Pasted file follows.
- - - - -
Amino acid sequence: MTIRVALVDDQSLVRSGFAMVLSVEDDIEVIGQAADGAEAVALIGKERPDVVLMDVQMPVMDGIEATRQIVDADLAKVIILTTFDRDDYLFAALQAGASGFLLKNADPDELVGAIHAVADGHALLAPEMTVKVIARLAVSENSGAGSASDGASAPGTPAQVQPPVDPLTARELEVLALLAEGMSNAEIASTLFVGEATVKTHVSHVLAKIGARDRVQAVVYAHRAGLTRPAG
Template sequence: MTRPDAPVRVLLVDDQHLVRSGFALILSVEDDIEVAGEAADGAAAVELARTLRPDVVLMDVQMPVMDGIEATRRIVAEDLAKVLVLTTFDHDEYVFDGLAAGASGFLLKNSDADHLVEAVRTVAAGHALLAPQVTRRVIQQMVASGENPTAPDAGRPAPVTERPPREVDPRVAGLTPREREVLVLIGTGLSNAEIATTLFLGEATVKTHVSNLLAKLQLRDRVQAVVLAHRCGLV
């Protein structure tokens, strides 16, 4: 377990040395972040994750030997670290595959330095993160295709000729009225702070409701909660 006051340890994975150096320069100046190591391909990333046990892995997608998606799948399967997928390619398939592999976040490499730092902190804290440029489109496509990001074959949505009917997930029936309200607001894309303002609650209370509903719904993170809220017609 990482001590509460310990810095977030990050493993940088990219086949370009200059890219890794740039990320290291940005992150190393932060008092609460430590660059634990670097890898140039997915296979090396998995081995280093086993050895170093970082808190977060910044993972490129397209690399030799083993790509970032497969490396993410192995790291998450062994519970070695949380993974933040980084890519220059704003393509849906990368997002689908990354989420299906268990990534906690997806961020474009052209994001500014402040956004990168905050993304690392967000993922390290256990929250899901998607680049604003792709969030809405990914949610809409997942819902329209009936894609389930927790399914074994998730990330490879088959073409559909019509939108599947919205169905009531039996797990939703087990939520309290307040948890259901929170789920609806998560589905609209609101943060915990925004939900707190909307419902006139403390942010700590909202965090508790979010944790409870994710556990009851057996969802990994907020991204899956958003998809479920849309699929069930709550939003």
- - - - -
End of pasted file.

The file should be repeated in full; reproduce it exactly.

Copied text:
Amino acid sequence: MTIRVALVDDQSLVRSGFAMVLSVEDDIEVIGQAADGAEAVALIGKERPDVVLMDVQMPVMDGIEATRQIVDADLAKVIILTTFDRDDYLFAALQAGASGFLLKNADPDELVGAIHAVADGHALLAPEMTVKVIARLAVSENSGAGSASDGASAPGTPAQVQPPVDPLTARELEVLALLAEGMSNAEIASTLFVGEATVKTHVSHVLAKIGARDRVQAVVYAHRAGLTRPAG
Template sequence: MTRPDAPVRVLLVDDQHLVRSGFALILSVEDDIEVAGEAADGAAAVELARTLRPDVVLMDVQMPVMDGIEATRRIVAEDLAKVLVLTTFDHDEYVFDGLAAGASGFLLKNSDADHLVEAVRTVAAGHALLAPQVTRRVIQQMVASGENPTAPDAGRPAPVTERPPREVDPRVAGLTPREREVLVLIGTGLSNAEIATTLFLGEATVKTHVSNLLAKLQLRDRVQAVVLAHRCGLV
């Protein structure tokens, strides 16, 4: 377990040395972040994750030997670290595959330095993160295709000729009225702070409701909660 006051340890994975150096320069100046190591391909990333046990892995997608998606799948399967997928390619398939592999976040490499730092902190804290440029489109496509990001074959949505009917997930029936309200607001894309303002609650209370509903719904993170809220017609 990482001590509460310990810095977030990050493993940088990219086949370009200059890219890794740039990320290291940005992150190393932060008092609460430590660059634990670097890898140039997915296979090396998995081995280093086993050895170093970082808190977060910044993972490129397209690399030799083993790509970032497969490396993410192995790291998450062994519970070695949380993974933040980084890519220059704003393509849906990368997002689908990354989420299906268990990534906690997806961020474009052209994001500014402040956004990168905050993304690392967000993922390290256990929250899901998607680049604003792709969030809405990914949610809409997942819902329209009936894609389930927790399914074994998730990330490879088959073409559909019509939108599947919205169905009531039996797990939703087990939520309290307040948890259901929170789920609806998560589905609209609101943060915990925004939900707190909307419902006139403390942010700590909202965090508790979010944790409870994710556990009851057996969802990994907020991204899956958003998809479920849309699929069930709550939003």